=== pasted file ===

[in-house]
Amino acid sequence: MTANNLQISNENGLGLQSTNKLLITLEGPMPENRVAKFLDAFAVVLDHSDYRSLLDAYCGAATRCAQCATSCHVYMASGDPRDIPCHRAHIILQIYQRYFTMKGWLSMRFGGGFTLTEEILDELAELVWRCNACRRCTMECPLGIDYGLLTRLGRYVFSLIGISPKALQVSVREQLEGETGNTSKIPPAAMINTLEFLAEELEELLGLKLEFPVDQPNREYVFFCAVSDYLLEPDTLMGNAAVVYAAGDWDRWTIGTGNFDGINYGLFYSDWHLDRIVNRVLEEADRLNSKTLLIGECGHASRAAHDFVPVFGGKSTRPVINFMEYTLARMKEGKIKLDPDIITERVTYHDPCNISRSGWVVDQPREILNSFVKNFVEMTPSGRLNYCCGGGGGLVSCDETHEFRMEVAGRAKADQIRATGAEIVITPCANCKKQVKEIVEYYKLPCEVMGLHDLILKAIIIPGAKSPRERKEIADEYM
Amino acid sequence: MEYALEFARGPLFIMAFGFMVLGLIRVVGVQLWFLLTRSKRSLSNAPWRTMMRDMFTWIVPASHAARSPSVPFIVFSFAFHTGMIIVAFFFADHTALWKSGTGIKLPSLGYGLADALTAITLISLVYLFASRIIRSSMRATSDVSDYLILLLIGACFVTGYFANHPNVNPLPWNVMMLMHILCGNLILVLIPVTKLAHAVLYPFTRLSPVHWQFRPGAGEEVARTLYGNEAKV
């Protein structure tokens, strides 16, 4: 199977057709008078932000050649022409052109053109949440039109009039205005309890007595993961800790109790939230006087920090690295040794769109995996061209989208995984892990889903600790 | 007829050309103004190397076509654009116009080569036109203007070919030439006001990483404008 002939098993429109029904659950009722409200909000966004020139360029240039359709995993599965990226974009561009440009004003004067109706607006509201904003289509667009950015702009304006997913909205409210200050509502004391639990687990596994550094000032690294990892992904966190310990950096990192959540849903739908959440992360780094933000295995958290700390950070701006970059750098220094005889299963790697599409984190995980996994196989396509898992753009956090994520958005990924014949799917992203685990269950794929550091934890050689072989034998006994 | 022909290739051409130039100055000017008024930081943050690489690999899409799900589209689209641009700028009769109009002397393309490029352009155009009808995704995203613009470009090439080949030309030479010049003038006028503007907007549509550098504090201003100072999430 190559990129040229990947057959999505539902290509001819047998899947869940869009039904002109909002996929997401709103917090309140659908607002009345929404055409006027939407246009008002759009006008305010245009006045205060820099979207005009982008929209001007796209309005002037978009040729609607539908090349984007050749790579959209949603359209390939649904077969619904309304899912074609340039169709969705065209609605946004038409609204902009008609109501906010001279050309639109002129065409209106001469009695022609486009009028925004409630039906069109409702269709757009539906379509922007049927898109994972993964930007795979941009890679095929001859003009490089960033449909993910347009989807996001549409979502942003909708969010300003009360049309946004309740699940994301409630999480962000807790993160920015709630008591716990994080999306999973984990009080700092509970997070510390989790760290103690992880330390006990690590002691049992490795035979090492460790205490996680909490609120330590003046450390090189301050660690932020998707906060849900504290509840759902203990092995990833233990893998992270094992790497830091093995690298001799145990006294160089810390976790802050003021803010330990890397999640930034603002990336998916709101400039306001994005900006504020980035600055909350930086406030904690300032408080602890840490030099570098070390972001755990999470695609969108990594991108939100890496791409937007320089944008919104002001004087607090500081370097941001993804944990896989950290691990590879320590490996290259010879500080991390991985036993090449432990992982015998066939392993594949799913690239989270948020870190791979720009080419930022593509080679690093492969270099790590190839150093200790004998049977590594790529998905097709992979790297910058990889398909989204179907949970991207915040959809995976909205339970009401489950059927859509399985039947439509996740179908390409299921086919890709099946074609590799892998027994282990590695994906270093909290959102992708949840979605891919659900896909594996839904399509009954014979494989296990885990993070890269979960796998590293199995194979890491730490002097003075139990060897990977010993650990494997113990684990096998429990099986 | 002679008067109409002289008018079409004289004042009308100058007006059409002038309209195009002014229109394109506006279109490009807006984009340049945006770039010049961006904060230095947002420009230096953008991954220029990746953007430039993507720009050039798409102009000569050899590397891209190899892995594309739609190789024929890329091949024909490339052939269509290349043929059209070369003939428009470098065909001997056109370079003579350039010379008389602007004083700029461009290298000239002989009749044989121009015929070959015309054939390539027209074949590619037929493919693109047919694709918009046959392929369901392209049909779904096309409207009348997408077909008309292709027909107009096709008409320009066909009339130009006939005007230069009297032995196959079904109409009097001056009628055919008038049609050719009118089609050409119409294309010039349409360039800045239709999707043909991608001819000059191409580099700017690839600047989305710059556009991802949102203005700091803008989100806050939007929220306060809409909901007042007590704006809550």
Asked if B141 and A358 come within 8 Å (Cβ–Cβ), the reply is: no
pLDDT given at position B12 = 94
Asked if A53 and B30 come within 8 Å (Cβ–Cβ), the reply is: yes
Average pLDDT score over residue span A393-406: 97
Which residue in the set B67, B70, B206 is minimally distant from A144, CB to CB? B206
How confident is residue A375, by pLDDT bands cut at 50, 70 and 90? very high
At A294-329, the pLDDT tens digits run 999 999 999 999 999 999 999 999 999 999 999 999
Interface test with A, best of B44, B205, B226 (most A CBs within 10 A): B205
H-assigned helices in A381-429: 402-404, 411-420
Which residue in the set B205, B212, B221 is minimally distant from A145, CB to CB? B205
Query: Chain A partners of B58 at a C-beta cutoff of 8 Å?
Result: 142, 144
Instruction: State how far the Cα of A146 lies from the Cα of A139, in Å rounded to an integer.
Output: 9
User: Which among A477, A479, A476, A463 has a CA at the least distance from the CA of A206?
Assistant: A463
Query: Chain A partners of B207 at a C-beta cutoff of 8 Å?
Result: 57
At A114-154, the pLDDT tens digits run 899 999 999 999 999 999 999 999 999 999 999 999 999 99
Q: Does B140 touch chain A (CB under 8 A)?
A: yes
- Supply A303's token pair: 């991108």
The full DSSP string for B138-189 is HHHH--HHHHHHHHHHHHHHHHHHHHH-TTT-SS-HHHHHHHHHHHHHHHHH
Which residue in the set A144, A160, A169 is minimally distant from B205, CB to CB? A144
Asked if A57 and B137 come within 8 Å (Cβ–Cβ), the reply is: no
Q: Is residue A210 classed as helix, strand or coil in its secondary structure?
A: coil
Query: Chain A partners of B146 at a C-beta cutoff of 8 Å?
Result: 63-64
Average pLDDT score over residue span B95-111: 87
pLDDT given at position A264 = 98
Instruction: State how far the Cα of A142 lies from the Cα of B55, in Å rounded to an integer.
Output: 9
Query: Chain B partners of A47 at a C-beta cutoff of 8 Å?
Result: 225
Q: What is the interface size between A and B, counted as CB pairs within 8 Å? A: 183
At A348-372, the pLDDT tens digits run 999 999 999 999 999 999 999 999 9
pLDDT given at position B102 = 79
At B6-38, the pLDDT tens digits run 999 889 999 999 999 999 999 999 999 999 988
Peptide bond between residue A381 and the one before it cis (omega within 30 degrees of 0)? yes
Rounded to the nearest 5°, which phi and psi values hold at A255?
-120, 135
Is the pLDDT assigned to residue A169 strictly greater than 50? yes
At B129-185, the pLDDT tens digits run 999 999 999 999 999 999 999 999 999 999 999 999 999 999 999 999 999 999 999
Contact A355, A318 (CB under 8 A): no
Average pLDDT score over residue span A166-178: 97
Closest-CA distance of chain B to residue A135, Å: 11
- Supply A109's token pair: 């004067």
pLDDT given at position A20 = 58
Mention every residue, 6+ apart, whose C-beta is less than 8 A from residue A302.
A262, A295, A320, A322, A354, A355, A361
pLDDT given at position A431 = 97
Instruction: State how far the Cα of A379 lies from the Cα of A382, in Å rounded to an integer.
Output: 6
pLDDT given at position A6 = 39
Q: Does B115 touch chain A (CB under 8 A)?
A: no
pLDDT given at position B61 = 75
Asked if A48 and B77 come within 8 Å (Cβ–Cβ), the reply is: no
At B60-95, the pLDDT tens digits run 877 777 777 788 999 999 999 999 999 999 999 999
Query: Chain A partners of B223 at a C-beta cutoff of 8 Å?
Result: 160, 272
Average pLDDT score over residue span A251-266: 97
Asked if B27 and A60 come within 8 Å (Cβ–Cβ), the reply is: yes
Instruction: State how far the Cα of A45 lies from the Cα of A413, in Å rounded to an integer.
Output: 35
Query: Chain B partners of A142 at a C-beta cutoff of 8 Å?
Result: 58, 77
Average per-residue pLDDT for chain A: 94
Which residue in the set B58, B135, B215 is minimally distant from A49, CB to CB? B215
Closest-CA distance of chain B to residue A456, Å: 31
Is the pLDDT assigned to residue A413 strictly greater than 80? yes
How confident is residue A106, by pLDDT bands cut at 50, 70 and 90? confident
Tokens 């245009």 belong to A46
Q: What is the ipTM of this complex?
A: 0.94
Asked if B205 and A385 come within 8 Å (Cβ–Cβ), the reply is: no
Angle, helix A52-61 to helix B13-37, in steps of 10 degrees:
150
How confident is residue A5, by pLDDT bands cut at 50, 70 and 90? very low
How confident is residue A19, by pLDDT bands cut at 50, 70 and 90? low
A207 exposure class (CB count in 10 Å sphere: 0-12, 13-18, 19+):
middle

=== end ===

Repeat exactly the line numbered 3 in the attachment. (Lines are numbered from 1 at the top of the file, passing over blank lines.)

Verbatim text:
Amino acid sequence: MEYALEFARGPLFIMAFGFMVLGLIRVVGVQLWFLLTRSKRSLSNAPWRTMMRDMFTWIVPASHAARSPSVPFIVFSFAFHTGMIIVAFFFADHTALWKSGTGIKLPSLGYGLADALTAITLISLVYLFASRIIRSSMRATSDVSDYLILLLIGACFVTGYFANHPNVNPLPWNVMMLMHILCGNLILVLIPVTKLAHAVLYPFTRLSPVHWQFRPGAGEEVARTLYGNEAKV